8 spine surgeons discuss key patient considerations for outpatient spinal fusion


Eight spine and neurosurgeons provide their insight into key patient evaluation considerations when performing outpatient spinal fusion.

Ask Spine Surgeons is a weekly series of questions posed to spine surgeons around the country about clinical, business and policy issues affecting spine care. We invite all spine surgeon and specialist responses.

Next week's question: What trends will we see in spinal fusions over the next five years?

Please send responses to Alan Condon at acondon@beckershealthcare.com by Wednesday, Nov. 20, 5 p.m. CST.

Note: The following responses were edited for length and clarity.

Question: What are your key patient evaluation considerations when performing outpatient spinal fusion?

Vladimir Sinkov, MD. New Hampshire Orthopaedic Center (Nashua): Outpatient spinal fusion, when done in an appropriate setting on a properly selected patient, can be a safe, effective, and very cost efficient way to perform spinal fusion. However, this operation can have significant complications and side effects. The patients need to be healthy enough to tolerate the procedure, be able to handle potential complications, and motivated and informed enough to be able to be discharged safely the same day or after a 23-hour stay.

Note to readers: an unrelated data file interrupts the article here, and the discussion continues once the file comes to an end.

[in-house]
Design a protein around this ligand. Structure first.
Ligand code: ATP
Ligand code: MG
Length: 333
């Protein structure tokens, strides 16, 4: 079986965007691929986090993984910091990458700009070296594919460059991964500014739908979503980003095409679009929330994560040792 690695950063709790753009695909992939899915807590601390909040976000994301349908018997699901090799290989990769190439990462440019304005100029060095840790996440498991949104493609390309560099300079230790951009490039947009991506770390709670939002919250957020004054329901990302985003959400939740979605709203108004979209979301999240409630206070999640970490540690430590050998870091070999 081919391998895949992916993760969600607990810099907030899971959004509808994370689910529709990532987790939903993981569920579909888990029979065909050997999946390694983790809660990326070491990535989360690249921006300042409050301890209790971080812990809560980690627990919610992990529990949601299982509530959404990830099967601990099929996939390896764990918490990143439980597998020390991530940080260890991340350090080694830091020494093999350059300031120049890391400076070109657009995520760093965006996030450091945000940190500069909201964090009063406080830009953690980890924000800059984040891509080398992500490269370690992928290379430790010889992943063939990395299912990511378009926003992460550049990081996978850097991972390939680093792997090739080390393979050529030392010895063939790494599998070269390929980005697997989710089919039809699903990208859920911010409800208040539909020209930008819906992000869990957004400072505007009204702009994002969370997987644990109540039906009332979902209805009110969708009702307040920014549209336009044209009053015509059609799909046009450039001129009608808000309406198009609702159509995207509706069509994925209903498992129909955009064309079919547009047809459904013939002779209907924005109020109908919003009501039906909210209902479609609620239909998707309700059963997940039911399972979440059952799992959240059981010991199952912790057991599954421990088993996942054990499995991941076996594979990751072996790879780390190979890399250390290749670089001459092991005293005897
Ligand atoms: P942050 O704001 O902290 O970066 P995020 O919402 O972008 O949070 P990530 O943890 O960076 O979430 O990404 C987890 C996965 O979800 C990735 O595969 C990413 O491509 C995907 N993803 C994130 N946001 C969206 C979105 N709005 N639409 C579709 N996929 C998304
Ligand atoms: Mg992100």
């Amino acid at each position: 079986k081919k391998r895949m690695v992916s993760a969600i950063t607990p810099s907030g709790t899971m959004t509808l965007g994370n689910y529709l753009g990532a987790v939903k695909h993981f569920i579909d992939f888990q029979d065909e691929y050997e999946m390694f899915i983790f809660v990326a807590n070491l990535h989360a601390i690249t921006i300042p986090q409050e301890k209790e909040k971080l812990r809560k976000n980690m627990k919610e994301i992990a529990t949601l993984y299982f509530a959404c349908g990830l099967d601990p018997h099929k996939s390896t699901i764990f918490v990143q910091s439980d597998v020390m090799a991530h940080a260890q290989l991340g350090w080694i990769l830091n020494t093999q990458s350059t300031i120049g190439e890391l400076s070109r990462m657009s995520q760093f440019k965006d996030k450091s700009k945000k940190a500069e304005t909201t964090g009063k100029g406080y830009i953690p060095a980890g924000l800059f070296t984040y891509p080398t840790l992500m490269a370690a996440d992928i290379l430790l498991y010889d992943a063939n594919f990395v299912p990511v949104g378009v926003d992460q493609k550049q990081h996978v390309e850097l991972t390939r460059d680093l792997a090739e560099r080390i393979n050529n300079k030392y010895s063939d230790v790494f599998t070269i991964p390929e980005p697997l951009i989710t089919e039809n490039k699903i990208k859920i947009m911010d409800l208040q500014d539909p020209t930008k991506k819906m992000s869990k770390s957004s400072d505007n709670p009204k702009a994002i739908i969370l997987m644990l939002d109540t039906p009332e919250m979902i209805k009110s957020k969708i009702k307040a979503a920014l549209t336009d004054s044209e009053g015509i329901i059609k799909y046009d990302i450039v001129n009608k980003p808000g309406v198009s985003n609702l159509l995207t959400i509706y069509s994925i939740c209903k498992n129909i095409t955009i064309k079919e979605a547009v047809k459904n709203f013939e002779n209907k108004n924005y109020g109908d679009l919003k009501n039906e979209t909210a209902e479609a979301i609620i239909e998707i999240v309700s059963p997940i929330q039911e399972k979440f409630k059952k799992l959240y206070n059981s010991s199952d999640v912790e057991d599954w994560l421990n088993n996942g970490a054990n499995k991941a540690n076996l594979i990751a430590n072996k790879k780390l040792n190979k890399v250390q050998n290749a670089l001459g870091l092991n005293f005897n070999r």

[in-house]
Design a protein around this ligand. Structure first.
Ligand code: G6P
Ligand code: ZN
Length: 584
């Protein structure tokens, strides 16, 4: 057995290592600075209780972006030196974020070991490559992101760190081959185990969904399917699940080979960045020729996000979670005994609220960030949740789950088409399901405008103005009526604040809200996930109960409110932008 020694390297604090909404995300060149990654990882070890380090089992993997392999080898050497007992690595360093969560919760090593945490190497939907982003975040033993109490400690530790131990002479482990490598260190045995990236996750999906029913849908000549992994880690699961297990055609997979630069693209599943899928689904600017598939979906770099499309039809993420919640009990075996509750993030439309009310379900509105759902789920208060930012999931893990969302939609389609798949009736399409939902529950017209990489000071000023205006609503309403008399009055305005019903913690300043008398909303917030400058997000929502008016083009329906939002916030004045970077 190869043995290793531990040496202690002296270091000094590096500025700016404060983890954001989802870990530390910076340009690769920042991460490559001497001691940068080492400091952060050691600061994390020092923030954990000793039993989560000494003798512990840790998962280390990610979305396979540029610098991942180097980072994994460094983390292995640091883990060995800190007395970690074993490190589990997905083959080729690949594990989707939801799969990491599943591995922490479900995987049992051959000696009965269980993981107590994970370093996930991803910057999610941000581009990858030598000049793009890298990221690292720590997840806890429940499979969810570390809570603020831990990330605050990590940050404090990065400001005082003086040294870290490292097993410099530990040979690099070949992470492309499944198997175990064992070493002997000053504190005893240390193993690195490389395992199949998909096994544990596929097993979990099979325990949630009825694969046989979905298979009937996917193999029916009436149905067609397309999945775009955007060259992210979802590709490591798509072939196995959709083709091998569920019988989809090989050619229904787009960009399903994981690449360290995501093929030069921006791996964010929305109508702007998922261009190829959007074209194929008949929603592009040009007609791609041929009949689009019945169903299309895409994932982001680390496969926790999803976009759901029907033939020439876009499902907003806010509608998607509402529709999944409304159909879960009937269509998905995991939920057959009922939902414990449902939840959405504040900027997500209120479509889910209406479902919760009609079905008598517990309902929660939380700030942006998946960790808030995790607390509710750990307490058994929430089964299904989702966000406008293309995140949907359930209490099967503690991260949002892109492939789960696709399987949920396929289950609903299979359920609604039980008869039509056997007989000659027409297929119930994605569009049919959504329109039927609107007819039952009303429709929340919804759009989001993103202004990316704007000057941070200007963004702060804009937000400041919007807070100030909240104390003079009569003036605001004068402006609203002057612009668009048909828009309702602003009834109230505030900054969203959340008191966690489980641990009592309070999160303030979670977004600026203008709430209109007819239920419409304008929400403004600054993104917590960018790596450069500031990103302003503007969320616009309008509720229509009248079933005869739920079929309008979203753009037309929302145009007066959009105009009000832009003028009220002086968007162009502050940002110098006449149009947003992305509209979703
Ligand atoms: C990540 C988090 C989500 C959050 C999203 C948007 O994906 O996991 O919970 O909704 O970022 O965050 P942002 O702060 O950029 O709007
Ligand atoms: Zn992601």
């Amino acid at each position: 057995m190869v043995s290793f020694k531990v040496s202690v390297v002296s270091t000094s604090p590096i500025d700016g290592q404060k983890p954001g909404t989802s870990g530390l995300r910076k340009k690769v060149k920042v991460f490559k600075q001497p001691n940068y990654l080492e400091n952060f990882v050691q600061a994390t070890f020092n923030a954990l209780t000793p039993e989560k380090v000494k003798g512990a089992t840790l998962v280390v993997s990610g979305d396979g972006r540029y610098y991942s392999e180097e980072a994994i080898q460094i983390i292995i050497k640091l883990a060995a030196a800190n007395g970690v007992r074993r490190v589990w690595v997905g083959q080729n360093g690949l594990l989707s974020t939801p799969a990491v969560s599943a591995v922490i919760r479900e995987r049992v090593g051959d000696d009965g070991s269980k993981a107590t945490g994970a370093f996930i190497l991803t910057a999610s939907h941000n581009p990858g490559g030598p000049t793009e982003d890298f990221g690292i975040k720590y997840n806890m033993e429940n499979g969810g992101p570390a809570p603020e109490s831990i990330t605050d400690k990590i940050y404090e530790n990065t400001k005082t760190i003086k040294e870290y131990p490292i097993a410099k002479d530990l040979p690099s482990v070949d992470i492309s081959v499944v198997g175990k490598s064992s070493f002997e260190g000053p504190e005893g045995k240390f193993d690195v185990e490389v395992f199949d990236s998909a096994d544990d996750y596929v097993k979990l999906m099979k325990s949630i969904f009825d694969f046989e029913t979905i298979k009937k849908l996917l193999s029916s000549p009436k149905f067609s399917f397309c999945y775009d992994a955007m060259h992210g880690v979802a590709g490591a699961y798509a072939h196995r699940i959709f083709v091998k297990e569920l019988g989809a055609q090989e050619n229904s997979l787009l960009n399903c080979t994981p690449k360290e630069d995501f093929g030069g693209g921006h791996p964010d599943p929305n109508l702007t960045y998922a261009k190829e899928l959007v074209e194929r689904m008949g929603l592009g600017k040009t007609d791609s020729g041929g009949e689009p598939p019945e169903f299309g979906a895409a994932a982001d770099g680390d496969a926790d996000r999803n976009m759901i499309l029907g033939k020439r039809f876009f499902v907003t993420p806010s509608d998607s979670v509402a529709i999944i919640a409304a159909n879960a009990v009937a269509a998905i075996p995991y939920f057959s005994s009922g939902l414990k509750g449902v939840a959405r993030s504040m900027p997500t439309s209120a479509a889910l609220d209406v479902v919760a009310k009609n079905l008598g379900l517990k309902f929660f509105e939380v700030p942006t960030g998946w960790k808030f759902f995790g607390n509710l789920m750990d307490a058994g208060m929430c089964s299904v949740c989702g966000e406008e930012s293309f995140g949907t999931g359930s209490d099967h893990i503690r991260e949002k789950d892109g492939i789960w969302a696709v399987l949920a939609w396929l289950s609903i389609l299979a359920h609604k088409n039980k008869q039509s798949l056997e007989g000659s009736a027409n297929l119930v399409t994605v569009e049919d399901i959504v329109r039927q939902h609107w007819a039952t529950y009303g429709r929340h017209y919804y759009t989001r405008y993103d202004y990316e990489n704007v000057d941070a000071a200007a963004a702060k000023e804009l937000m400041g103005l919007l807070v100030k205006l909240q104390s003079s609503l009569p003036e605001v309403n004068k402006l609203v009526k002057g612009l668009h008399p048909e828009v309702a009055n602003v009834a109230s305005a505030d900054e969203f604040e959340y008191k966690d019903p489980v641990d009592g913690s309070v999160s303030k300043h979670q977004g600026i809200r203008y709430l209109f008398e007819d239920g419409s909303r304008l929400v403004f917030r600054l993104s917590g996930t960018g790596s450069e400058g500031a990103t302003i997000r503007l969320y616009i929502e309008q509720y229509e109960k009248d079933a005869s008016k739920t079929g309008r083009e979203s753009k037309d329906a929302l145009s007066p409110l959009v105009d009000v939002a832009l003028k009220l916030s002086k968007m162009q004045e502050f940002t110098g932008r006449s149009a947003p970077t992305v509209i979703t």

When performing outpatient fusions, I generally exclude patients with multiple medical comorbidities, significant preoperative disability, sleep apnea, morbid obesity, high risk of blood clot formation and chronic opioid dependence. These patients are more likely to require a longer stay and more intensive postoperative care and rehabilitation. Such patients are better suited to have their surgery done at a hospital. I also make sure that patients being scheduled for outpatient fusions are well-informed about their postoperative care and have a good support system at home.

Grant Shifflett, MD. Hoag Orthopedic Institute (Irvine, Calif.): The first step to transitioning your surgical practice to an outpatient environment is identifying good surgical candidates. This should of course start narrow and grow with increasing comfortability. Early on the patient population should primarily be young, not overweight, a non-smoker, with minimal comorbidities who need simple one level operations with which you feel exceedingly comfortable. However, with time and experience, I believe it is as much about patient education, expectation and surgical technique as it is about patient selection. Ultimately, the roof over your head when doing surgery doesn’t inherently change the patients ability to undergo surgery safely; your ability to be a minimally invasive, safe, and predictable surgeon, provide reproducible anesthesia, and having access to a team of perioperative nurses that feel comfortable aggressively recovering a postoperative patient make outpatient surgery successful.

Raymond Gardocki, MD. Campbell Clinic Orthopedics (Memphis, Tenn.): Patient health and airway are the two primary factors less than chronological age. We can treat most one- and two-level lumbar pathology as an outpatient, be it discectomy, decompression or fusion using minimally invasive approaches.